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Patient Safety

Here are some of the steps we take for your safety and how you can help.

Falls Prevention

Certain medicines, general weakness and new surroundings can increase your risk of falling. Our Falls Prevention program helps reduce your risk of falling while in hospital. First, we assess your individual risk. This may include asking you to answer some questions or do a series of actions such as standing up or walking down a hall. This allows us to write a care plan best suited to your needs. If something changes while you are in hospital, we will do another assessment and make any changes to the plan that are necessary.

Here is what you and your family can do to help prevent falls while in the hospital:

  • Tell your nurse about any recent falls or safety concerns.
  • Use the nurse call bell when you need help, including getting up and using the bathroom. A nursing staff member may also stay with you in the bathroom.
  • If you take medicines that cause you to go to the bathroom often, or find it very difficult or painful to get up out of bed even with help, you can ask your nurse about using a commode or urinal.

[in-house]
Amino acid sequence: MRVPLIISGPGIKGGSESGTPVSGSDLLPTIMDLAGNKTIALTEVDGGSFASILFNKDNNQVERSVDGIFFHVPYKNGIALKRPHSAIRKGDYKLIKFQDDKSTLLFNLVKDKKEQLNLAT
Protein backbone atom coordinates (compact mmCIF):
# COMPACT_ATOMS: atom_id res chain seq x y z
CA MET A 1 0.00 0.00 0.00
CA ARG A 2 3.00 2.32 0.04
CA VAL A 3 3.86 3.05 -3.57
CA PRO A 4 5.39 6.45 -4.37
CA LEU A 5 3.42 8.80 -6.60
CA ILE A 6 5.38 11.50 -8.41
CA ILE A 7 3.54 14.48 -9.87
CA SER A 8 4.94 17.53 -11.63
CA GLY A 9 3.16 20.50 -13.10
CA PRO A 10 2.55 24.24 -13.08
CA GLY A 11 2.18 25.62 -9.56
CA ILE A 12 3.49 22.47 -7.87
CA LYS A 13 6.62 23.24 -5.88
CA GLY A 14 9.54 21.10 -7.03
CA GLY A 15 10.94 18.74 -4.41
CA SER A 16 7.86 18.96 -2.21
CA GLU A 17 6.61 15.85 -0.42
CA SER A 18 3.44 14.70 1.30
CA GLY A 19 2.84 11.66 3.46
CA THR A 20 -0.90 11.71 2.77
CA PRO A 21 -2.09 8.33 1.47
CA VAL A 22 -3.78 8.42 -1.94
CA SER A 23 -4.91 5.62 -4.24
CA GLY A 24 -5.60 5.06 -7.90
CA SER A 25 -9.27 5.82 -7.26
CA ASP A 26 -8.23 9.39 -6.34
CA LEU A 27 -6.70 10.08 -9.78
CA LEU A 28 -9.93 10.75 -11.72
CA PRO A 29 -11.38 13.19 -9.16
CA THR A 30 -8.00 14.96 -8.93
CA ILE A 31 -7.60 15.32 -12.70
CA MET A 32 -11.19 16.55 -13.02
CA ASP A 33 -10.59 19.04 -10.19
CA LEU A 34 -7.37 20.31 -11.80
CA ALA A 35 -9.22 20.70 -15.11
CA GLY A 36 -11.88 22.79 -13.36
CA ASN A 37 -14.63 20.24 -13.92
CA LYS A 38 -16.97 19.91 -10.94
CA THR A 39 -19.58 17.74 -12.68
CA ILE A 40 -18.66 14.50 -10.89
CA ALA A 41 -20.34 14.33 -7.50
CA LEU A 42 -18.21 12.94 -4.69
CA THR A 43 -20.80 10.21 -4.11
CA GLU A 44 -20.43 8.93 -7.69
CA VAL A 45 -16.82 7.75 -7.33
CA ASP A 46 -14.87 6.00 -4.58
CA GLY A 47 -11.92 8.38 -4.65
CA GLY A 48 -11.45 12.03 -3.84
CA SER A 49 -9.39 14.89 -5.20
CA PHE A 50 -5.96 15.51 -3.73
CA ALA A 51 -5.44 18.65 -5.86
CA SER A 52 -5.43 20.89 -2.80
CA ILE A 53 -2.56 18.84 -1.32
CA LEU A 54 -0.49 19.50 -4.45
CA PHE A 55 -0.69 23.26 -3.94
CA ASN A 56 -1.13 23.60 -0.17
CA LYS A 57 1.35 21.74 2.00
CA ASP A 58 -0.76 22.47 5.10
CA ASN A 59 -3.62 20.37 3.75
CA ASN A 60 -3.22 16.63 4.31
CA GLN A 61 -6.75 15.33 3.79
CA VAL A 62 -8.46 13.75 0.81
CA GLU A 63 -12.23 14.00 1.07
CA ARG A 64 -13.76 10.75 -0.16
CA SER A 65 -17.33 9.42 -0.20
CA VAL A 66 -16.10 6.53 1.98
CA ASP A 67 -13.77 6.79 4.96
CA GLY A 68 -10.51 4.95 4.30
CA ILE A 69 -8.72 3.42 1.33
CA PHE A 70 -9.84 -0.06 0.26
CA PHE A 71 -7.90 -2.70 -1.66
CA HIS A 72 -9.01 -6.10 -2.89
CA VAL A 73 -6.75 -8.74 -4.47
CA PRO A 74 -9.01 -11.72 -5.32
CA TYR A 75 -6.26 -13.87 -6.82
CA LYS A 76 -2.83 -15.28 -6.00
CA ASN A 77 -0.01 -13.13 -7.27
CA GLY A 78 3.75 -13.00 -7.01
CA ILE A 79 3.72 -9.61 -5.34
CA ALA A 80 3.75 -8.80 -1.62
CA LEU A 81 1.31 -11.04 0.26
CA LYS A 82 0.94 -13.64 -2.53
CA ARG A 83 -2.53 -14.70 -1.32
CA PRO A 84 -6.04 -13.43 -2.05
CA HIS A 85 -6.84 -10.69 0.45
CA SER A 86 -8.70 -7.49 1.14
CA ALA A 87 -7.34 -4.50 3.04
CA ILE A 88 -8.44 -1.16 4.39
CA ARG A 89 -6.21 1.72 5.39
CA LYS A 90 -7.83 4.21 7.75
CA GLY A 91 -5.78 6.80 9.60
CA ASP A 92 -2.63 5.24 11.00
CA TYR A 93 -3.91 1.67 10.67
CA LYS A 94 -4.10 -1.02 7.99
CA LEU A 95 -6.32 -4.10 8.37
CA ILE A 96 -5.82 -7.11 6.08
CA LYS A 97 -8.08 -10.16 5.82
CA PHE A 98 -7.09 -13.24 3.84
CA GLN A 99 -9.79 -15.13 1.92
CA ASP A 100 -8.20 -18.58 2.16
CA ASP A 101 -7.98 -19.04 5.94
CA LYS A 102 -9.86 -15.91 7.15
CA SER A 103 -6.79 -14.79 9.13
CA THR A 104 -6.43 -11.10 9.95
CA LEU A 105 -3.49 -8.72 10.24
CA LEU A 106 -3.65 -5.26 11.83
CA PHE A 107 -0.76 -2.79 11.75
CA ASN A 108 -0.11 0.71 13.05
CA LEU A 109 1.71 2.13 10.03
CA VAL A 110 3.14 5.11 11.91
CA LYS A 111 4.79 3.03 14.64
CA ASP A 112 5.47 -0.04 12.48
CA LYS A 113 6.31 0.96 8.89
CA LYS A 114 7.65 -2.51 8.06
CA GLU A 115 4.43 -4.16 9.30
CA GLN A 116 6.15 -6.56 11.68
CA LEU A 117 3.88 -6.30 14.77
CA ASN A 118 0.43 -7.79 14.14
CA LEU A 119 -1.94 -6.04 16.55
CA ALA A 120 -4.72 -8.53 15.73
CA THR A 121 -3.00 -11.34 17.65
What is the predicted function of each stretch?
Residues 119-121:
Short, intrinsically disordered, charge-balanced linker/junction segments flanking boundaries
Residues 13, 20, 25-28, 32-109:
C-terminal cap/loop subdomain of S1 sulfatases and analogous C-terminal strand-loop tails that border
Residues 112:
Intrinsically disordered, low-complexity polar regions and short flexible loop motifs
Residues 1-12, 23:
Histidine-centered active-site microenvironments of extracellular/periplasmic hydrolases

• Place the nurse call bell and personal items where you can easily reach them.
  • Bring shoes or slippers from home that have good gripping bottoms and put them on whenever you get out of bed.
  • Take your time getting out of bed or up from a chair. Sit at the edge of your bed for a few seconds before you stand up.
  • If you need help standing or walking, ask for someone to help you. If you use a walker or cane at home, bring it with you. Make sure that you put your name on it. Do not try to use a bedside table or IV pole to support you as these are not safe.
  • Bring your eyeglasses and hearing aid from home and always wear them when you are awake.

Medication Safety

When you come to hospital, it is important to bring all of your medications from home (as well as the bottles or packages they came in) along with an up-to-date list with the medication dose, the time you take it and what you take it for. This includes any prescription drugs, over-the-counter medications like Tylenol, vitamins, supplements and herbal remedies. Both our hospital team and our patients have a very important role to play in sharing information about medication, ensuring you are treated with the right medication.

Here’s what you and your family can do:

  • Pack all your medication with packages and bottles in a plastic bag. This includes prescription and non-prescription medications such as cold/flu medicine, vitamins, supplements and herbal remedies.
  • Before you come to the hospital, make a list of all medications you take and keep it in your wallet at all times. The label on the bottle will have the name, how much to take, and how often to take it.